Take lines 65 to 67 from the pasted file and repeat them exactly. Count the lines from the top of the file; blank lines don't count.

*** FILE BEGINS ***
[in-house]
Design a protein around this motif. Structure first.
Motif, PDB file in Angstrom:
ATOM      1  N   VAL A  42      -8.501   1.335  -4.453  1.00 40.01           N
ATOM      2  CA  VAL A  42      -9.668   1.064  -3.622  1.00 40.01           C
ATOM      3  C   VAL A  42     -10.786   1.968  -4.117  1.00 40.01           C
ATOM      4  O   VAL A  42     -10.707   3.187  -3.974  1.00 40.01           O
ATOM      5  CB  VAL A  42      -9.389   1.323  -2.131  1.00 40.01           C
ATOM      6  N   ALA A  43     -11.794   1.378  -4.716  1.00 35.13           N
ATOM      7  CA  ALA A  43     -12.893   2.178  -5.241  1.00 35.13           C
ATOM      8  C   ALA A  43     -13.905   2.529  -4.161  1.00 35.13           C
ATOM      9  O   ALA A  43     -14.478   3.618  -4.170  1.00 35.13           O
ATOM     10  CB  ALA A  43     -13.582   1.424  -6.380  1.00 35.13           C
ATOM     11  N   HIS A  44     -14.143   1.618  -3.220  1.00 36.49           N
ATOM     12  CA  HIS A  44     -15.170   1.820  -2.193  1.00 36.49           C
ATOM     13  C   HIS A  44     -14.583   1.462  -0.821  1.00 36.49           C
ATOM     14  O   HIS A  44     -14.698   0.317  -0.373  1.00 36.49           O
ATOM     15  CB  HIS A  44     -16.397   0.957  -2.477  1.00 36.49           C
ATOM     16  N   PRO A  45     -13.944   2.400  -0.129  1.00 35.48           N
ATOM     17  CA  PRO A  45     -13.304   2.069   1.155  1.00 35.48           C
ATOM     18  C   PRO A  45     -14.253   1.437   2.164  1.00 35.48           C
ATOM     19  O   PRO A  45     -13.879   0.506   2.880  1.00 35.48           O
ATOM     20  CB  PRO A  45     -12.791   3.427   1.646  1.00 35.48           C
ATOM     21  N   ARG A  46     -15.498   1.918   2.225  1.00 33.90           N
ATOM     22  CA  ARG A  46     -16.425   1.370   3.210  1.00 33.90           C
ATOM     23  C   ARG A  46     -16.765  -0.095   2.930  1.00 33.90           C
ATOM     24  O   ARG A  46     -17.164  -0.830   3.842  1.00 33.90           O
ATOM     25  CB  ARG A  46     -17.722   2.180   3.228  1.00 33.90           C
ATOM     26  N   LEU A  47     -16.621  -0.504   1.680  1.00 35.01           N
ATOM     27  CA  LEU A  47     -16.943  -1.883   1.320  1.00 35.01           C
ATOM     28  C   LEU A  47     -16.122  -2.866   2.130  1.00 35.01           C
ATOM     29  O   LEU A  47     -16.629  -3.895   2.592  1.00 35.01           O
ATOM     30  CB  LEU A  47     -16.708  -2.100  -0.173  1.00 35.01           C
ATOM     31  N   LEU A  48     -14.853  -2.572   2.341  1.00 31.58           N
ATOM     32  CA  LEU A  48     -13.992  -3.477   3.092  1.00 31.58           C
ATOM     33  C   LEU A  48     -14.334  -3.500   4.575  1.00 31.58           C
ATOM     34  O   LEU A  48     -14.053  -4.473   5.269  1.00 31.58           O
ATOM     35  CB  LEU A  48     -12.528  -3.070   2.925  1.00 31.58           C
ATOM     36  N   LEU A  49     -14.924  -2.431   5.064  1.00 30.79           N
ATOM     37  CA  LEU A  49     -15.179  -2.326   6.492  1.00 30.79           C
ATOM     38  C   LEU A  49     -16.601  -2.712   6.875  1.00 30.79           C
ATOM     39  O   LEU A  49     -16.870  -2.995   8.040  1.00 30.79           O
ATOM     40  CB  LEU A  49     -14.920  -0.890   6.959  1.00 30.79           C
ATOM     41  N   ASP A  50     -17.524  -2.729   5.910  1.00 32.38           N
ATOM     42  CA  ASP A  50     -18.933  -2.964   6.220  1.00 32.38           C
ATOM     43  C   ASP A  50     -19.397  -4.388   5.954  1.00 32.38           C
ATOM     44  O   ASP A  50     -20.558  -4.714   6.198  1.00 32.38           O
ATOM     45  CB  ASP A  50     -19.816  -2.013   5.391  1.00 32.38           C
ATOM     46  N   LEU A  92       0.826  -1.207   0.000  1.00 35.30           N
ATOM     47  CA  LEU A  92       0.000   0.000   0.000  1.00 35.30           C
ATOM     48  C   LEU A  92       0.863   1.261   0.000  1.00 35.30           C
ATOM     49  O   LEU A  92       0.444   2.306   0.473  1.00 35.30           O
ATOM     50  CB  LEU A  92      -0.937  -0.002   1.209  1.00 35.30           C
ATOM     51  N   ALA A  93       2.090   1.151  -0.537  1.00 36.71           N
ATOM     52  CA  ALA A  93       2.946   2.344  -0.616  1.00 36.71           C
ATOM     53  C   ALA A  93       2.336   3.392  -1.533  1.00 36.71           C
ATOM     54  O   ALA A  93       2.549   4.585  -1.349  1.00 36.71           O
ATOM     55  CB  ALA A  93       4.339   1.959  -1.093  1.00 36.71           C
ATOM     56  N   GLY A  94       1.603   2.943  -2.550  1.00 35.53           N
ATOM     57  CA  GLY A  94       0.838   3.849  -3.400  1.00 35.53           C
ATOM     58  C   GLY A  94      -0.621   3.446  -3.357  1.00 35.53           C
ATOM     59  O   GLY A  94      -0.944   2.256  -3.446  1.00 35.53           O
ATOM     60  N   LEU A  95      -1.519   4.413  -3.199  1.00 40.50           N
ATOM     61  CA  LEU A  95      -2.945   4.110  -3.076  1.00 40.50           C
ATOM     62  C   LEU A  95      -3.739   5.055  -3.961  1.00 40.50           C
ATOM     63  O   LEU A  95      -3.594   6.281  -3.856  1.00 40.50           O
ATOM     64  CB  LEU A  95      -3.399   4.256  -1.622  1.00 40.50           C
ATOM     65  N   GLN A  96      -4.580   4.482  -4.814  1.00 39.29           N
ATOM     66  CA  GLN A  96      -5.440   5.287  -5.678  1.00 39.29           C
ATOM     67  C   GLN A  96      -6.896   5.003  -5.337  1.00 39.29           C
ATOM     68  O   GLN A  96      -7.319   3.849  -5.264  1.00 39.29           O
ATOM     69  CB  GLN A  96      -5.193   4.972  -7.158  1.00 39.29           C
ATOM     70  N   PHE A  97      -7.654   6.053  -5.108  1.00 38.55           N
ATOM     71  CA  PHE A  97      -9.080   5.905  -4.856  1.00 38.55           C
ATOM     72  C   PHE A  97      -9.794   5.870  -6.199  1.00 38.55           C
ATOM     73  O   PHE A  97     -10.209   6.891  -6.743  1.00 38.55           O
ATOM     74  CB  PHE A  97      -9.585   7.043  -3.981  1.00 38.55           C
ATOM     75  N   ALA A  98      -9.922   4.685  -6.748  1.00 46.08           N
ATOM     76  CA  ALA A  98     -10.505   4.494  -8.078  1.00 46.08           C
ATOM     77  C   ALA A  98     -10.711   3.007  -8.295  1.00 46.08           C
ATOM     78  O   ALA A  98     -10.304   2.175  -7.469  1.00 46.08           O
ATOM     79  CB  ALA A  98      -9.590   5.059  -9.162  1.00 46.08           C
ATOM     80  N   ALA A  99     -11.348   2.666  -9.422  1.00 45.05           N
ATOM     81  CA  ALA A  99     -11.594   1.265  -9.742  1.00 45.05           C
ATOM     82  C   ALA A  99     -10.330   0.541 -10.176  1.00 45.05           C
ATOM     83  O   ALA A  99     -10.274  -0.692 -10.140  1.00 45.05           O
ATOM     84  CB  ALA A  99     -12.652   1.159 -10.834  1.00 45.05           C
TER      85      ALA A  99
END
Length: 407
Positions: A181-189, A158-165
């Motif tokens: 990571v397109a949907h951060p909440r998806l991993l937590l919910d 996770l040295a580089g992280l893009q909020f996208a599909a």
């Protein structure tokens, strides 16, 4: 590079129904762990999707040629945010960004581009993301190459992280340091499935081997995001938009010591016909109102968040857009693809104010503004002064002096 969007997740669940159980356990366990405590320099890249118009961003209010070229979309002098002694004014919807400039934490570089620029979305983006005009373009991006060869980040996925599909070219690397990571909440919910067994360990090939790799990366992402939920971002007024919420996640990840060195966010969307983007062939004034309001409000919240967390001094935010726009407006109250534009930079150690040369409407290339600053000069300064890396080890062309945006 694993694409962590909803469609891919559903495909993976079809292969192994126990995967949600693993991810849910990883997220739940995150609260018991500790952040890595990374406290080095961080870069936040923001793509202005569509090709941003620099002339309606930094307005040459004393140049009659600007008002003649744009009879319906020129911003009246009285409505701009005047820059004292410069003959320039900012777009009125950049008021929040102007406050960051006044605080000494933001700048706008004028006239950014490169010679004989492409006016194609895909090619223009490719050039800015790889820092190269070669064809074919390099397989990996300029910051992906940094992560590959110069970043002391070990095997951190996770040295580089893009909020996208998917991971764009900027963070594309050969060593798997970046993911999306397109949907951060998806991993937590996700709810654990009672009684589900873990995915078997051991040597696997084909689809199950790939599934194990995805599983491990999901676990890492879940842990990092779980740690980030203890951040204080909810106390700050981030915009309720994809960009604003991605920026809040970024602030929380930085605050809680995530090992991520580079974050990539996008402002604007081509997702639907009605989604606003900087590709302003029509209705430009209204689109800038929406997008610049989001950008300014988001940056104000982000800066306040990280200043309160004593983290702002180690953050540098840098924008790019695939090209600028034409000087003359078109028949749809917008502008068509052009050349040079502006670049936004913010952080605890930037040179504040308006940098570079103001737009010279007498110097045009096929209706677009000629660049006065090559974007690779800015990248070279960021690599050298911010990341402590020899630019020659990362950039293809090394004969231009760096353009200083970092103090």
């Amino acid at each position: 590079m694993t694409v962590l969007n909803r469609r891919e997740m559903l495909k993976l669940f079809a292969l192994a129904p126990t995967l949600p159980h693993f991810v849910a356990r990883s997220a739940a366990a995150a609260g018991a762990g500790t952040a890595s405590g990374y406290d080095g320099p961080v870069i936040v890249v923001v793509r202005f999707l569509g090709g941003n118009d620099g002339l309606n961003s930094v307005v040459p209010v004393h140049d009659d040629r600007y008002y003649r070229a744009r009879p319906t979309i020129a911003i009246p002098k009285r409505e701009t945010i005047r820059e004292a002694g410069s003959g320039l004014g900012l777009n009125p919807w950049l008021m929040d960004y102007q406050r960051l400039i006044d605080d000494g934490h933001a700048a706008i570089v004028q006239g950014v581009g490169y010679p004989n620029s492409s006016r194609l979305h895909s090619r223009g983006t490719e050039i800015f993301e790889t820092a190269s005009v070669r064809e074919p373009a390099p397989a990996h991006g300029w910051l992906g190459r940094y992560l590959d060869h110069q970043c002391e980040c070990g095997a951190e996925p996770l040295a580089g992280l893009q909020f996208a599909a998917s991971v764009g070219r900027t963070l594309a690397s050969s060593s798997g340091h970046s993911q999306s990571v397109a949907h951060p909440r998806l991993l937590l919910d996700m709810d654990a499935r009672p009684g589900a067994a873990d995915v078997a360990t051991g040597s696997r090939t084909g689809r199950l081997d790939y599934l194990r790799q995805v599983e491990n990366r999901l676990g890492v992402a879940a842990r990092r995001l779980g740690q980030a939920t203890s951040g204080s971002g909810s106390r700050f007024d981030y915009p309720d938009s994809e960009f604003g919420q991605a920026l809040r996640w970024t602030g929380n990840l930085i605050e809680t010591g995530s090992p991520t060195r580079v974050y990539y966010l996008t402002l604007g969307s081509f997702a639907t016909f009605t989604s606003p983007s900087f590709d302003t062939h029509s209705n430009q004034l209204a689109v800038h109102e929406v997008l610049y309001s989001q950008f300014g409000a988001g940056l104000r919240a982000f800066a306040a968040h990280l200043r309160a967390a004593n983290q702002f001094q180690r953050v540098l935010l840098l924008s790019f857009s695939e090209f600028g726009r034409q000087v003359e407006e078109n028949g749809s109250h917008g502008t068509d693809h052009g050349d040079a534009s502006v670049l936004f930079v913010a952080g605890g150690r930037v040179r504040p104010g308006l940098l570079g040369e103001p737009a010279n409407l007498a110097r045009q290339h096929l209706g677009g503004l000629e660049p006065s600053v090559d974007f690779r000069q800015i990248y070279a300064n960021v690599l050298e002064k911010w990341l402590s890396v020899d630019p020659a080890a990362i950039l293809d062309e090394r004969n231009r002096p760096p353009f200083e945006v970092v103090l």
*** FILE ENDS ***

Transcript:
ATOM     62  C   LEU A  95      -3.739   5.055  -3.961  1.00 40.50           C
ATOM     63  O   LEU A  95      -3.594   6.281  -3.856  1.00 40.50           O
ATOM     64  CB  LEU A  95      -3.399   4.256  -1.622  1.00 40.50           C